As Michael stated in his review of the interesting features in Linux 2.6.30, new compression options have been recently added to the kernel. We therefore decided to have a look at those compression methods, from a compression ratio and decompression speed point of view.
This comparison will be based on “self-extractible kernels”, that is, kernel images containing bootstrap code allowing them to extract a compressed image. As underlined in the previous article, this approach is not used on all architectures. Blackfin, notably, chose a different path and compresses the whole kernel image, without including bootstrap code. While this has the clear advantage of making compression much simpler with respect to kernel code, it forces decompression out to the bootloader code.
Each of those methods has its advantages. Indeed, the Blackfin approach relies on the bootloader to provide the necessary functions, so that may be a problem to do things like bypassing u-boot to reduce the boot time. On the other hand, implementing it only once in the bootloader (as architecture-independent code) makes it unnecessary to write the low-level bootstrap code for each architecture in the kernel, which is surely interesting on virtually all architectures, the notable exceptions being x86 and ARM.
Gzip (also known as Zlib or inflate) has been the traditional (and, as a matter of fact, only) method used to compress kernels. Consequently, we’ll use it as the reference in the following tests. Our test environment is as follows:
ARM9 AT91SAM9263 CPU, 200MHz, using the mainline
This comparison includes figures for LZO, a new kernel image compression method that I have contributed to the Linux sources, and which hopefully will make its way into the mainline kernel. LZO support in the kernel is only new for kernel decompression, as it is already used by JFFS2 and UBIFS. LZO is a stream-oriented algorithm, and although its compression ratio is lower than that of gzip, decompression is lightning-fast, as we will soon find out.
So, here are the figures, average on 20 boots with each compression method:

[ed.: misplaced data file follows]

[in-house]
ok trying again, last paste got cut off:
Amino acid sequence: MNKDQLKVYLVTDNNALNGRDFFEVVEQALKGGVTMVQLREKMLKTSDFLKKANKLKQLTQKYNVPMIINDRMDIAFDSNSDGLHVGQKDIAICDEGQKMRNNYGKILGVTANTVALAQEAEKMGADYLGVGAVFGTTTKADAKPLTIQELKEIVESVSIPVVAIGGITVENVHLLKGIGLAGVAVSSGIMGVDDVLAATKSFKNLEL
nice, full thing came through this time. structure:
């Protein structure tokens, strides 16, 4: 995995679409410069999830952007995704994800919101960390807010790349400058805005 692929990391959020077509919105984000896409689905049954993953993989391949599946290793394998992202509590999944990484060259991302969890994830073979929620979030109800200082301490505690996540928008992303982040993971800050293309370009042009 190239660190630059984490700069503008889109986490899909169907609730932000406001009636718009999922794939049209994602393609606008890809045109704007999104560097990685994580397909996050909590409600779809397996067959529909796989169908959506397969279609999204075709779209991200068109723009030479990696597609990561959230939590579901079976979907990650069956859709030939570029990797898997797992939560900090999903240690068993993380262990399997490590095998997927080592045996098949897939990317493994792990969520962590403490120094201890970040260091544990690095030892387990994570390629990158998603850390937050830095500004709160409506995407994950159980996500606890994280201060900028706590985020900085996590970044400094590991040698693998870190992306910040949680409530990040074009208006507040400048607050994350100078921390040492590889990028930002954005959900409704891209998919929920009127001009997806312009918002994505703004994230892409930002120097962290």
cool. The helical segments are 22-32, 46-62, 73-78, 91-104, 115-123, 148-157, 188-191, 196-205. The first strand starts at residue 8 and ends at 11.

Bzip2 has not been tested here: the low-level bootstrap file, head.S, only allocates 64Kb for use by malloc() on ARM. Some quick tests showed that the kernel would not extract with less than 3.5Mib of malloc() space. That would require to modify head.S so that malloc can use more memory, which we will not do here. However, given that enough memory is usable on the system, one could well use bzip2. All the other algorithms performed the extraction using the standard 64Kib malloc space.
From the results, we can clearly see that LZMA is nearly unsuitable for our system, and should be considered only if the space constraints for storing the kernel are so tight that we can’t afford to use more space that was is strictly necessary.
LZO looks like a good candidate when it comes to speeding up the boot process, at the expense of some (almost neglectable) extra space. Gzip is close to LZO when it comes to size, although extraction is not as fast. That means that unless you’re hitting corner cases, like only having enough space for a Gzip compressed image but not for one made with LZO, choosing the latter is probably a safe bet.
Besides, the LZO-compressed kernel size is about 54% the size of the uncompressed kernel. As the kernel load time varies linearly with its size, load time for an uncompressed kernel doubles. While 0.55s are won because there’s no need to run a decompression algorithm, you spend twice as much time loading the kernel. This time is not negligible at all compared to the decompression time. Indeed, loading the uncompressed image takes roughly 0.8s. That means that at the cost of slowing down the boot process by 0.15s (compared to an uncompressed kernel), one gets a kernel image which is roughly twice as small. Rather nice, isn’t it?